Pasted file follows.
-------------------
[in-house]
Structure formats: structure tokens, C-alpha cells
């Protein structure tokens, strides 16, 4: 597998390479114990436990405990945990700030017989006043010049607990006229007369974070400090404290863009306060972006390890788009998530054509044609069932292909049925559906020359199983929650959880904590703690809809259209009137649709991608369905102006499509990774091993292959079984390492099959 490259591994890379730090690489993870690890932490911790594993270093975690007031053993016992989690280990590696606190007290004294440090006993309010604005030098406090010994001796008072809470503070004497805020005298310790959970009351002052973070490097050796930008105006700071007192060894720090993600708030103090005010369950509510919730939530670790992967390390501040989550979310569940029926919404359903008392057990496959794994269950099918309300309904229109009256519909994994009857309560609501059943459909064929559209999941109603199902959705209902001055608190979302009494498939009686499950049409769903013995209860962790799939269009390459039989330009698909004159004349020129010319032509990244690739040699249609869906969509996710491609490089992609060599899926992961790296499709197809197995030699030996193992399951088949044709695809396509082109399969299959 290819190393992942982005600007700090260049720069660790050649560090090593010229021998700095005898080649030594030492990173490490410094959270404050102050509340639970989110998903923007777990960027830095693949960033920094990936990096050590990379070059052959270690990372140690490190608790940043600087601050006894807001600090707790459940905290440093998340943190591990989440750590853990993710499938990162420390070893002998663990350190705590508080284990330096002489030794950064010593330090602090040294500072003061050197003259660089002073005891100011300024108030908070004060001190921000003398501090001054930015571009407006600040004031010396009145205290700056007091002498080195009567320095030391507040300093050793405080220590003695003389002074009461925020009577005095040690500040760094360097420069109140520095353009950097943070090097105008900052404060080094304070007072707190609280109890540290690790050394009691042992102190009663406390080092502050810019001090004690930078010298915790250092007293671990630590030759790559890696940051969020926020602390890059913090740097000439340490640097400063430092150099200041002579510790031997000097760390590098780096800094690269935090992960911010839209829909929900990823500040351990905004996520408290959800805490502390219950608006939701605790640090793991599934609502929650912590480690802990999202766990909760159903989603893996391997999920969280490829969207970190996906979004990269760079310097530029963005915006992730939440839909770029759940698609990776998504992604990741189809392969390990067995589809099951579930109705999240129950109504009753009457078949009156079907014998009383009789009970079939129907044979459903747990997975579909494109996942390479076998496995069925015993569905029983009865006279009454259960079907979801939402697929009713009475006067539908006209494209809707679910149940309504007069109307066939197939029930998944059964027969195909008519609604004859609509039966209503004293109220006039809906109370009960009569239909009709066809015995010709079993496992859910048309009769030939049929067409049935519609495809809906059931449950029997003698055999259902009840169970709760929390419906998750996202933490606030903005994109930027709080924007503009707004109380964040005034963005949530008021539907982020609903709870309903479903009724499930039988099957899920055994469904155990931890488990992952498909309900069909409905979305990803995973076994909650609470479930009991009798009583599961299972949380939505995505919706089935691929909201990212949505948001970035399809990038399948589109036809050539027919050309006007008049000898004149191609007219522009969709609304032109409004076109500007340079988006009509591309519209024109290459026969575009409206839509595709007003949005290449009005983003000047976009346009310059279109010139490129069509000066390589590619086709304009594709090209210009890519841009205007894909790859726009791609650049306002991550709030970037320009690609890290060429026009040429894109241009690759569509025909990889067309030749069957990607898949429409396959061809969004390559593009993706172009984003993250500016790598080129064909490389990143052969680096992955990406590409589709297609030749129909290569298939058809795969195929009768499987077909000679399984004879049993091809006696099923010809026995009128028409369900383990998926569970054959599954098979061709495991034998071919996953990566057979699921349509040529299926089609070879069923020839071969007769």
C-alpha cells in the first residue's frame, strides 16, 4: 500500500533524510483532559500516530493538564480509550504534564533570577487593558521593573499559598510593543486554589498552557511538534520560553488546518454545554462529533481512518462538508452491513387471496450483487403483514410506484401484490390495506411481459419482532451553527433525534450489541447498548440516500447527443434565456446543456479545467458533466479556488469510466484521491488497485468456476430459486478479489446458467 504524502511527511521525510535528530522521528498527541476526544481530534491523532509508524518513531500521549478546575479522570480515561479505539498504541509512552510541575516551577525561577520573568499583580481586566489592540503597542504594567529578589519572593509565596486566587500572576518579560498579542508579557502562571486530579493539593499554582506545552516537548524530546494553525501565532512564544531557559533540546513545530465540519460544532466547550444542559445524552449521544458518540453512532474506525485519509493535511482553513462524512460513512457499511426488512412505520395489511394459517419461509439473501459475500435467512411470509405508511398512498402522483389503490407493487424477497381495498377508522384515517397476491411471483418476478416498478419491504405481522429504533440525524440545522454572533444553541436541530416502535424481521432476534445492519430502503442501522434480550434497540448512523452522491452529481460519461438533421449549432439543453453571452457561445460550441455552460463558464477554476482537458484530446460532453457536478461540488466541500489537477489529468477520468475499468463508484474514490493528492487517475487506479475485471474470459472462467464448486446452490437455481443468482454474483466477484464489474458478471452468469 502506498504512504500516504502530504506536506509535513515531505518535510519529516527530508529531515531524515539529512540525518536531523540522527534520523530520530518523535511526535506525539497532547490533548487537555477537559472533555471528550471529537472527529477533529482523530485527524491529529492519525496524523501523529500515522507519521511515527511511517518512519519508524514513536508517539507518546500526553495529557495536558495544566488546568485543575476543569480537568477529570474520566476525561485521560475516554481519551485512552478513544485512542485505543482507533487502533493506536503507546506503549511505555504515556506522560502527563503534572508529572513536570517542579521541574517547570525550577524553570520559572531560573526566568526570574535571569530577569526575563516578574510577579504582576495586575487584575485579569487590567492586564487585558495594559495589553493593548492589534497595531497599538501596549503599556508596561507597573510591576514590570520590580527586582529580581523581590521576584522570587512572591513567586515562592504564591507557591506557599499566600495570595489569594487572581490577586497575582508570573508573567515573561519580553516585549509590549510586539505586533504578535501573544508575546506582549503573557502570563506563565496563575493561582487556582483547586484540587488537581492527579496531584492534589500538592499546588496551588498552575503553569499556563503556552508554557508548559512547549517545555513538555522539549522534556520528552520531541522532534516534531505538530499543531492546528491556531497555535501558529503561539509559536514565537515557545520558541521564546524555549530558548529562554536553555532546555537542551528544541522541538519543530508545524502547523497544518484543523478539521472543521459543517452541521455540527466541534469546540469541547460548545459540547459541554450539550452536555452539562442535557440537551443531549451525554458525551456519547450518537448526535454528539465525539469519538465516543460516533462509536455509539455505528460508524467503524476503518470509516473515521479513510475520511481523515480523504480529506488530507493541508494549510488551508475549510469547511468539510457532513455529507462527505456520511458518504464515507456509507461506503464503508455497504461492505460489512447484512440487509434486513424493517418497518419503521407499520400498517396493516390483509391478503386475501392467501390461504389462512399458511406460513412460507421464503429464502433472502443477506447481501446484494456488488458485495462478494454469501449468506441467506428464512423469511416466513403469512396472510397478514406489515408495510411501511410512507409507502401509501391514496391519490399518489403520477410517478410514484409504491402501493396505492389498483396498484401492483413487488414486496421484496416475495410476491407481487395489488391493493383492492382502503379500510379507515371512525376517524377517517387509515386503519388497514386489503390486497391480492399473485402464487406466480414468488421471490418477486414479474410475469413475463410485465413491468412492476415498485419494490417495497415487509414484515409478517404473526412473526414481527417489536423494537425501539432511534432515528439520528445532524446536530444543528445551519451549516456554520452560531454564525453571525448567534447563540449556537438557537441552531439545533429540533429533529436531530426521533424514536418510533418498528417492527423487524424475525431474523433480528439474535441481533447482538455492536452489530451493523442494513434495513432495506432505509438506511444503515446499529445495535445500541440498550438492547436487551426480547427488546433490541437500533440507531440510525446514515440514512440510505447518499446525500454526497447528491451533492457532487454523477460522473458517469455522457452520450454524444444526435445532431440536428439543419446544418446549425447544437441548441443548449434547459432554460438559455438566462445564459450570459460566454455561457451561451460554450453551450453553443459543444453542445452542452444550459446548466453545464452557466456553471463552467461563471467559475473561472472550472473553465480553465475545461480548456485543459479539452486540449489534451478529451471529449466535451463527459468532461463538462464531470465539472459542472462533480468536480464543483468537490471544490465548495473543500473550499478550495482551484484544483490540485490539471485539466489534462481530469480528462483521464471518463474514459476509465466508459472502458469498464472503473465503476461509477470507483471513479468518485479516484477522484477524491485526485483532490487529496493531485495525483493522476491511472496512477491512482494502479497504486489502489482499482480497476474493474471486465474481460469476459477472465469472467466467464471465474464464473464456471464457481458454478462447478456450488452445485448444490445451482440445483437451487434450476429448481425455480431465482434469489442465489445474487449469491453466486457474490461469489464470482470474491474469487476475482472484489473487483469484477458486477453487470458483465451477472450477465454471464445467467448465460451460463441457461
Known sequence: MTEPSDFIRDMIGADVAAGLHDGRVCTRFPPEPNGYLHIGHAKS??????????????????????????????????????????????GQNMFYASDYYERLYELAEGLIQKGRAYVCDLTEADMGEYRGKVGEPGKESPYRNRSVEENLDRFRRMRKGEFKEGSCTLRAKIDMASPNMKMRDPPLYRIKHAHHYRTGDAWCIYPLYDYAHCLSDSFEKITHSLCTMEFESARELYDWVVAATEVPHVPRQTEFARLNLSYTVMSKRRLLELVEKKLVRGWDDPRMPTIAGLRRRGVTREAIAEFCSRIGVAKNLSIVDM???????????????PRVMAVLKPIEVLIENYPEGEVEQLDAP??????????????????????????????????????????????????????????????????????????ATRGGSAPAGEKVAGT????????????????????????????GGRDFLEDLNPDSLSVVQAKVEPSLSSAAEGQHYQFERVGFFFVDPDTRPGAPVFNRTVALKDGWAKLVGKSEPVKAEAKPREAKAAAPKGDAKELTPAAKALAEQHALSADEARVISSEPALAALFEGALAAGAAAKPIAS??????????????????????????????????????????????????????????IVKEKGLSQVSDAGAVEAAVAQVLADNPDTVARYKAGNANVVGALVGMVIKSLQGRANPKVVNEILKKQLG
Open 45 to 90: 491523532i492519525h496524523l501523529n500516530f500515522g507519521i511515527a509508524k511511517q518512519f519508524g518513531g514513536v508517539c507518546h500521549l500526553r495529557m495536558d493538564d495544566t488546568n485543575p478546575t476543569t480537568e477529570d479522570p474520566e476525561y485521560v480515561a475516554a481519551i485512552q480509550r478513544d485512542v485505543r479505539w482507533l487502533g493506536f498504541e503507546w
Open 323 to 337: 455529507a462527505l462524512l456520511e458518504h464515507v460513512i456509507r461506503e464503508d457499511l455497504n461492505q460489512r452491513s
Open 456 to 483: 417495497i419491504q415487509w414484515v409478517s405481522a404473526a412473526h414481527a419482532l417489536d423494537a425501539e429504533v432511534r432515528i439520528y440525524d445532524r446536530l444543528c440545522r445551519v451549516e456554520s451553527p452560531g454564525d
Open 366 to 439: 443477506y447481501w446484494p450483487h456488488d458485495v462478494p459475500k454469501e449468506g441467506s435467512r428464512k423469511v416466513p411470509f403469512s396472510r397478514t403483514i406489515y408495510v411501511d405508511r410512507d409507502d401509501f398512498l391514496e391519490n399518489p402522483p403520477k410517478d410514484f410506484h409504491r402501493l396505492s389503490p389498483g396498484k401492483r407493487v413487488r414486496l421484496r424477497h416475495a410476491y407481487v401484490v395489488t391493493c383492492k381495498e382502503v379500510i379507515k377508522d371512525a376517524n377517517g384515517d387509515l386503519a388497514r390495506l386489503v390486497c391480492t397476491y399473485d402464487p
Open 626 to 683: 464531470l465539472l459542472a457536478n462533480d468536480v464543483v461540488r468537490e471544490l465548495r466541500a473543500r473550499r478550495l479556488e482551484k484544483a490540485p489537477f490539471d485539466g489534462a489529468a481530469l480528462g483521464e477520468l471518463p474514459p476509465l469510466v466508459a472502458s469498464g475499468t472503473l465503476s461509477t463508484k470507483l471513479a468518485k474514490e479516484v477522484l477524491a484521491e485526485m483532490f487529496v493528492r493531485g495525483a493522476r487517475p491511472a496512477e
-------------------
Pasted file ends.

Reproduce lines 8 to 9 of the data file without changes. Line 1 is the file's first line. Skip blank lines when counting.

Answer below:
Open 456 to 483: 417495497i419491504q415487509w414484515v409478517s405481522a404473526a412473526h414481527a419482532l417489536d423494537a425501539e429504533v432511534r432515528i439520528y440525524d445532524r446536530l444543528c440545522r445551519v451549516e456554520s451553527p452560531g454564525d
Open 366 to 439: 443477506y447481501w446484494p450483487h456488488d458485495v462478494p459475500k454469501e449468506g441467506s435467512r428464512k423469511v416466513p411470509f403469512s396472510r397478514t403483514i406489515y408495510v411501511d405508511r410512507d409507502d401509501f398512498l391514496e391519490n399518489p402522483p403520477k410517478d410514484f410506484h409504491r402501493l396505492s389503490p389498483g396498484k401492483r407493487v413487488r414486496l421484496r424477497h416475495a410476491y407481487v401484490v395489488t391493493c383492492k381495498e382502503v379500510i379507515k377508522d371512525a376517524n377517517g384515517d387509515l386503519a388497514r390495506l386489503v390486497c391480492t397476491y399473485d402464487p